Preventable Surprises and Ethical Systems are pleased to invite you to Breaking the Fever, a podcast and online conversation series about shaping a better post-pandemic planet. We are convening thoughtful and creative experts to stimulate ideas on what we can do as individuals and institutions to tame the pandemic today and to make our societies and economies more resilient tomorrow.
Breaking the fever is taking a hiatus from live recordings this summer but we are producing new podcasts and will continue to release them on a regular basis.
In episode 19, we spoke to Dr. Uzodinma Iweala, CEO of the Africa Center, a cultural institution in New York City that serves as an intellectual hub for ideas about culture, business, and policy related to the continent. A physician and the author of two novels, most recently Speak No Evil, about sexuality, race, and cultural dislocation, and Beasts of No Nation, about an African child forced to become a soldier (which became a feature film released on Netflix), Iweala is well placed to reflect on how race, culture and class have shaped the COVID-19 crisis and life, in Africa as well as in the United States.
In episode 18, Breaking the Fever heard from Carlos Nobre, a climate scientist recognized for his work on biosphere-atmosphere interactions and climate impacts of Amazon deforestation. We speak about Covid-19, about the Brazilian people, the rainforest, biodiversity and climate, cattle and deforestation, and about changing global attitudes and the solutions investors, governments, companies and consumers from Sweden to China can promote.
What does it take for people and organizations to navigate uncertain times? In episode 17, Margaret Heffernan took Breaking the Fever on a wild ride on the occasion of the US September release of her latest book, Uncharted. A timely, astute, energizing. much needed conversation. Read what our partners at Ethical Systems took away from the conversation.
In episode 16, Ayin Jambulingam, a culture and leadership consultant based in Malaysia, explores the historical, political and cultural factors driving the Covid-19 response across Asia.
We spoke consipracy theories with Rob Brotherton on 7 July, a more subtle and nuanced conversation that we’d like to think. Professor Robert Brotherton studies the psychology of conspiracy theories, including political attitudes, distrust, belief formation, and magical thinking more generally at Barnard College. See his latest book: Bad News: Why We Fall for Fake News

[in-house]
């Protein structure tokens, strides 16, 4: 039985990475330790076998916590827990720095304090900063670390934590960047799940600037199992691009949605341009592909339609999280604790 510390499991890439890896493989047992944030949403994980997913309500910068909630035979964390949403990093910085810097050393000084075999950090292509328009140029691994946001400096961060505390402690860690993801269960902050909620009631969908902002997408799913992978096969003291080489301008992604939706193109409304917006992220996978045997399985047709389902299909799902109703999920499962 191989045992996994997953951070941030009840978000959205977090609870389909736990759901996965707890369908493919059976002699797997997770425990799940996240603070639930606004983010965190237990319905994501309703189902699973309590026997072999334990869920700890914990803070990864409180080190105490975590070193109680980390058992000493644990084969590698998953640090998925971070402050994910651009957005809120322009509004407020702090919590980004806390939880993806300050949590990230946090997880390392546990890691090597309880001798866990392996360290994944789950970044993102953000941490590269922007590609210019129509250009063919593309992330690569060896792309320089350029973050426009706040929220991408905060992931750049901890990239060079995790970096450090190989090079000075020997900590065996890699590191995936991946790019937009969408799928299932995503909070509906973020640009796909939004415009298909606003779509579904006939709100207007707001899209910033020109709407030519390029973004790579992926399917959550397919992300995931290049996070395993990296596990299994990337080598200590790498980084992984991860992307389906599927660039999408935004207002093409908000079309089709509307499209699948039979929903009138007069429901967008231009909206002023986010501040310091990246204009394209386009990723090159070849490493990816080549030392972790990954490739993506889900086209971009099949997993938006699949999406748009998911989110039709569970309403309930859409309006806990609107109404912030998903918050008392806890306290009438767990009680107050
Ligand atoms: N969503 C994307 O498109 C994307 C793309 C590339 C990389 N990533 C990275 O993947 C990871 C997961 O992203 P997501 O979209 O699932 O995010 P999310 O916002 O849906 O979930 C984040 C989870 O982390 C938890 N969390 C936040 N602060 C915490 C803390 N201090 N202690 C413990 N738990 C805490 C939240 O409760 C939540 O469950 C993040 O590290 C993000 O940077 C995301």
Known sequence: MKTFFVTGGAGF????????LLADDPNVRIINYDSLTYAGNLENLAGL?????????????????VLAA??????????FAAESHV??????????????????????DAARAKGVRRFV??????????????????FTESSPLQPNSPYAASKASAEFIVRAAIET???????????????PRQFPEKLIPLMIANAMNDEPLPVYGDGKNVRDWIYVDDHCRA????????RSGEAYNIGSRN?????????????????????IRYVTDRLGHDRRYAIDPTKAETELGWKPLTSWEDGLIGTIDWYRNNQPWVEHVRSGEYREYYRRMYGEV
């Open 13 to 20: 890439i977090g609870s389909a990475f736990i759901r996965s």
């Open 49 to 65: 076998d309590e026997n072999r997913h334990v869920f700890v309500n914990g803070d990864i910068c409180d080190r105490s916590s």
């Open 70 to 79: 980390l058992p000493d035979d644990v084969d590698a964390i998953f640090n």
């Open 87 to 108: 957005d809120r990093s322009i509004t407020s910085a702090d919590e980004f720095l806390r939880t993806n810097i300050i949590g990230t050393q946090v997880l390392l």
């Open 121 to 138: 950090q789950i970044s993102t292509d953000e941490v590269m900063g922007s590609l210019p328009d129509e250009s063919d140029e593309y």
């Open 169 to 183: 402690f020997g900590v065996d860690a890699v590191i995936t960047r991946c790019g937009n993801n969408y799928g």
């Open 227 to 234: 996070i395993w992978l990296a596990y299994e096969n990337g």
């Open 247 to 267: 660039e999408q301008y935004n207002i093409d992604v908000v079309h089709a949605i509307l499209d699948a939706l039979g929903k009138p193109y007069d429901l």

On 7 July, Akash Goel, Assistant Professor of Medicine at Weill Cornell Medical Center and human rights advocate, brought together his expertise in healthcare, food systems and human rights to illustrate the interconnectedness of our world and ways to make it more sustainable.
On 30 June, Gabriel Filippelli, Chancellor’s Professor of Earth Sciences and Director, Center for Urban Health at Indiana University-Purdue University Indianapolis, took on the climate challenge. From tipping points to policy, from technology to anxiety, from consumption choices to communicating science, we embarked in an honest and far-ranging conversation informed by his decades as a scientist, academic and policy advisor in the US and abroad.
On 16 June, Jenny Vaughan, Human Rights Director at BSR spoke about the human rights response of companies facing the multiple challenges of Covid-19, economic crisis and social tensions. She drew from her conflict resolution background to explain how systemic issues with complex causes require multi-pronged solutions involving all stakeholders.
On 9 June: author and diplomat Navtej Sarna, former Ambassador of India to the United States, explained how India is affected by the pandemic, the significant challenges and opportunities ahead, the state of the multilateral order, and made a call to keep the earth in its operating safety zone.
On 2 June, JS Nelson, associate professor of law at Villanova University,spoke about her work on surveillance, management culture, and compliance. The workplace has seen a striking acceleration of surveillance-led management over the past several years, and the pandemic has given these efforts further momentum. JS Nelson described why these efforts are so counterproductive to organizational culture, human agency and human rights in a far ranging discussion started with the history of slavery and ending with the current civil unrest in America (JS does not condone violence or looting, but speaks to the imperative to resist unnecessary surveillance).